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St Mary, Mannington
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Although the concentration of medieval churches here between Cromer and Aylsham isn't anything like as thick as on the other side of Norwich (the parishes are bigger here) there are still loads of them, and once the Reformation came along there were far more than was needed for the new congregational protestant worship. In 1780, Mannington's living was combined with that of the parish church of Itteringham, half a mile away across the fields, creating a joint parish.
Some churches which fell into disuse became mausoleums for the local Big Family, and this is what seems to have happened here. As late as the 19th century, the Earls of Orford were putting their memorials in here, and the Earl who did up the house made a feature of St Mary, surrounding it with ecclesiastical junk which he had collected elsewhere, which is at once impressive and amusing. He even installed his own memorial, but apparently he was buried at Itteringham, a couple of miles off.
Today, all that remains is a well-maintained shell, curiously unatmospheric despite being the glowering trees that make taking photographs from the outside very difficult. The features are a combination of Early English and Perpendicular, but there is a blocked doorway in the west wall which appears to have been Norman. Was there ever a tower here, I wonder, and was this actually the tower arch rather than a doorway?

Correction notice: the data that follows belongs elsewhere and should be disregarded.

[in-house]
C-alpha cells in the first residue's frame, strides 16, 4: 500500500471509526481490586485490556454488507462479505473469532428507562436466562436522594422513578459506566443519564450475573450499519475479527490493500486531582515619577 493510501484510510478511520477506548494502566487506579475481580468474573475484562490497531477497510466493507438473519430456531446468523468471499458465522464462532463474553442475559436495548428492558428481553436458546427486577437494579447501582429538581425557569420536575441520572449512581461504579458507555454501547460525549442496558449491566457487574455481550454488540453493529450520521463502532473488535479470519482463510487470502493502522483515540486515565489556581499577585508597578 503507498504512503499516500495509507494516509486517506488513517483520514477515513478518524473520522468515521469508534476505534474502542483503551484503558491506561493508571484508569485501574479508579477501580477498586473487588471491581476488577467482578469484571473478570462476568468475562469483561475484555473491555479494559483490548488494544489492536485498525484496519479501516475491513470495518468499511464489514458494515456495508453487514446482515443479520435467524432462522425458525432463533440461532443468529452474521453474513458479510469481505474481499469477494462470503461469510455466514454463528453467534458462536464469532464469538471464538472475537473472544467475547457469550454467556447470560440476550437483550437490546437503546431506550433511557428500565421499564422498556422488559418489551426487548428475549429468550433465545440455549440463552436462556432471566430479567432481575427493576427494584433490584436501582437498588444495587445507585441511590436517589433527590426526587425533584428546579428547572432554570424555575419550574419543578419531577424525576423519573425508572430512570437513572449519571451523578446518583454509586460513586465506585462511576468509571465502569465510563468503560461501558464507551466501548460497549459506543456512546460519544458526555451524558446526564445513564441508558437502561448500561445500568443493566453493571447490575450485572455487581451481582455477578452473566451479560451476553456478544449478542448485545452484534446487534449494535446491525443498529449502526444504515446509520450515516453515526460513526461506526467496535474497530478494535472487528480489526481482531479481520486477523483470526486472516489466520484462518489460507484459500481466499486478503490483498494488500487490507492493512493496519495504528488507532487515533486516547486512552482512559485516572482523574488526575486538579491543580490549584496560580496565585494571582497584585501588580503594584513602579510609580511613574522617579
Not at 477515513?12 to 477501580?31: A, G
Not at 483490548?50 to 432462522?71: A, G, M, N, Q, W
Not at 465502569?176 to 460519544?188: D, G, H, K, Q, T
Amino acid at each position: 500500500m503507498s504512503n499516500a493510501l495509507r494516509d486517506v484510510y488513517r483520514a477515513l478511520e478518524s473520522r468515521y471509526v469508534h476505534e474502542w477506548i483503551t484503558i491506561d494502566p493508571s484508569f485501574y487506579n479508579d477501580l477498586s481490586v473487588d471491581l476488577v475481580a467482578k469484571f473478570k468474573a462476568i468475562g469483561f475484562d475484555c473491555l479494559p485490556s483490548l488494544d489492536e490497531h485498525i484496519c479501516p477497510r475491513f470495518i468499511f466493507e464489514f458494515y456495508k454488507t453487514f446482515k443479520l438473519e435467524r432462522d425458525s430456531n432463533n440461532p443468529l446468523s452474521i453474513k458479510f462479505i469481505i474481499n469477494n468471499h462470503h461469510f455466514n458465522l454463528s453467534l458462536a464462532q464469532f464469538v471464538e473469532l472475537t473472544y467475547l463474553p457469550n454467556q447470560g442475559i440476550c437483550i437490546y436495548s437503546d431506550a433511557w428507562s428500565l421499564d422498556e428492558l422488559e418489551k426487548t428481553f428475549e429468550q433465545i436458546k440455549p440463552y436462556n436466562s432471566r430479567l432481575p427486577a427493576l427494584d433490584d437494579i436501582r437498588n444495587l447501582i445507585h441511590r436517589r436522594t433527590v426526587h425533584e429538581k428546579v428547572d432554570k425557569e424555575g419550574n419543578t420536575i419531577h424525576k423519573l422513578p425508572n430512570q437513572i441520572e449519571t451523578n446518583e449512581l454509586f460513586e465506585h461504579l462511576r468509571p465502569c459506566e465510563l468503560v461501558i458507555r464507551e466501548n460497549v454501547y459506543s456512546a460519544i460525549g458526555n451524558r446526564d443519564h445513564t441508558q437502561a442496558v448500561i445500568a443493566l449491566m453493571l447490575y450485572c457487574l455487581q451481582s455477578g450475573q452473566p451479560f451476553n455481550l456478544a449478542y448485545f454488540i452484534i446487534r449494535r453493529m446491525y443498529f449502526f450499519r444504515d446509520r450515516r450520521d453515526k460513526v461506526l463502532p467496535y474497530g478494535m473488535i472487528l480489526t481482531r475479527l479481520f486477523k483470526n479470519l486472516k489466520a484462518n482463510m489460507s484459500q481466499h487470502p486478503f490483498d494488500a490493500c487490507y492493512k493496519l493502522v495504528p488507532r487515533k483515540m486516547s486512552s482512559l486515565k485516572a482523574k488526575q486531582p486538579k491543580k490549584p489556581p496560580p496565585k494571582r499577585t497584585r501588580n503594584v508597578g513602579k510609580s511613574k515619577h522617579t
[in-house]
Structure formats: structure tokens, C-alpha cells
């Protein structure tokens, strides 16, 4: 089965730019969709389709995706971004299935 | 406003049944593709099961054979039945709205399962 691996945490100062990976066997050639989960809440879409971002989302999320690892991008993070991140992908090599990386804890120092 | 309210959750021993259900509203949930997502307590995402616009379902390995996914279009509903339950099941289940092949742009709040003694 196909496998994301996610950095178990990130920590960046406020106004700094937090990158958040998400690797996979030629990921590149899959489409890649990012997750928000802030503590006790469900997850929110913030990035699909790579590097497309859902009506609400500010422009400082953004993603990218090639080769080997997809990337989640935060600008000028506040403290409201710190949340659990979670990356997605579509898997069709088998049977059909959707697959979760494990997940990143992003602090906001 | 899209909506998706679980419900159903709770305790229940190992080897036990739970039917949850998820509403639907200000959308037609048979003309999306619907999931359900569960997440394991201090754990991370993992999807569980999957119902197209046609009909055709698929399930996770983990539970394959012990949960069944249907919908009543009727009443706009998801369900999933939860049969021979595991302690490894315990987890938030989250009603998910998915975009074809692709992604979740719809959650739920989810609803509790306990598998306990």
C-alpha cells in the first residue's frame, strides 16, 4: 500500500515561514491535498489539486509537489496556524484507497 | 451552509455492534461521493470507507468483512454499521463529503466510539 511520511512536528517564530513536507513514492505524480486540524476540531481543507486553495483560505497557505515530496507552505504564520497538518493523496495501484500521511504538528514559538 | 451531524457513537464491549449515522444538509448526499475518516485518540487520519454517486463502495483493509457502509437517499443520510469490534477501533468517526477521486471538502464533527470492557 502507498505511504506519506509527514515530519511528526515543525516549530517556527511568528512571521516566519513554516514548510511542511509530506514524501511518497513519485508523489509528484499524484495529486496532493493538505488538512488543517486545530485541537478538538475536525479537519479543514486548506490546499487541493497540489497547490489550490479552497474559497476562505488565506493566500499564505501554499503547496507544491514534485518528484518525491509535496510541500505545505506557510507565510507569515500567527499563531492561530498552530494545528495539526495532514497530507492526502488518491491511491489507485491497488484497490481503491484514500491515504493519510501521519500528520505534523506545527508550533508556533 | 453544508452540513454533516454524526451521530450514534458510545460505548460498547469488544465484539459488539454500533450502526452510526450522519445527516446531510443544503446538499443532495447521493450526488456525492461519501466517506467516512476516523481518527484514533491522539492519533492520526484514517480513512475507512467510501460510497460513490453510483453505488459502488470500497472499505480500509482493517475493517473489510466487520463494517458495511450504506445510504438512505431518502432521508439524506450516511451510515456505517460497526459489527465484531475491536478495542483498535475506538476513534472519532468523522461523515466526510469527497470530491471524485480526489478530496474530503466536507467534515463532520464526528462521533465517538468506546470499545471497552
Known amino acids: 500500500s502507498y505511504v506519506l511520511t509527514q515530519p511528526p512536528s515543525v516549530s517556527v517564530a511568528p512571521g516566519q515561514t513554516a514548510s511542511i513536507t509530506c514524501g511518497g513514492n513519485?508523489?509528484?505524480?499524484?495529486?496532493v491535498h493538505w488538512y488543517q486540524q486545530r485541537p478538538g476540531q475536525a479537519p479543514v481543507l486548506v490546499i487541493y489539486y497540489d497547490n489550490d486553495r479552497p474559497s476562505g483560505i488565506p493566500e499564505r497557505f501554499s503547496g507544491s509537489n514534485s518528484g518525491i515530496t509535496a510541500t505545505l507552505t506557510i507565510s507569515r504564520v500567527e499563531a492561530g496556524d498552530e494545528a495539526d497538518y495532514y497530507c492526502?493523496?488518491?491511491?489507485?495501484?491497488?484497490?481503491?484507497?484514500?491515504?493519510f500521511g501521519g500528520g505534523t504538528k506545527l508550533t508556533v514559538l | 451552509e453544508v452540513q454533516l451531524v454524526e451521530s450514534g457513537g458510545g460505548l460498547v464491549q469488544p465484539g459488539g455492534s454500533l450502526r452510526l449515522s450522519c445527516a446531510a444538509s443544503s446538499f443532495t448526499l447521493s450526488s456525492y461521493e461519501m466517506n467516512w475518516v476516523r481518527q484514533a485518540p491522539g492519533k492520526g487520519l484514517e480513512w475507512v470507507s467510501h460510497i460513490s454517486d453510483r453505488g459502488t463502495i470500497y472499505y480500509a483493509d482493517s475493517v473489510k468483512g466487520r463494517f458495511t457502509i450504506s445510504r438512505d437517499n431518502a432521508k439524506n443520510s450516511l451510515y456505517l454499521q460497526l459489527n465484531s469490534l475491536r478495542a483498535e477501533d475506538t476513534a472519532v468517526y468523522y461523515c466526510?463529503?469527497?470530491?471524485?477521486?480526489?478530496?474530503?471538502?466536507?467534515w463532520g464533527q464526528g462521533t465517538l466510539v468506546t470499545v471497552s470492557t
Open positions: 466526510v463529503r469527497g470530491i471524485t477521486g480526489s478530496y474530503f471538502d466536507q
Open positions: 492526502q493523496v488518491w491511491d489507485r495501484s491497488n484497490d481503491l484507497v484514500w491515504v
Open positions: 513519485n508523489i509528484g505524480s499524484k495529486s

Jonathan Neville's wholly excellent Itteringham website reminds us that in the 1831 census, when many Norfolk parishes were reaching their peak population, Mannington had just 13 residents. However, Jonathan tells me that, ruin as it was even then, it continued to be used, and a Baptism took place as recently as 1982. It still hosts the occasional special service today.
Mannington Hall gardens are open to the public, and although the ruin of the church is set on the other side of the road from the Hall you are supposed to pay the entry fee to visit the church as well. Because of this, it is well-signposted; you walk along a pathway from the gate at the road, through what appears to be a piece of window tracery that now forms an entrance to the ruin and there it is. The ruin itself is completely safe, the flint walls repointed and the internal floor being filled with crunchy gravel. You enter through the south doorway, and inside is a rather wonky font which may or may not have come from here, and some Orford memorials. It is an interesting place to stop and pause for a moment, but it's almost impossible to conjure up in your mind medieval days. This is a ruin that is unlikely to haunt your imagination.
Simon Knott, September 2005
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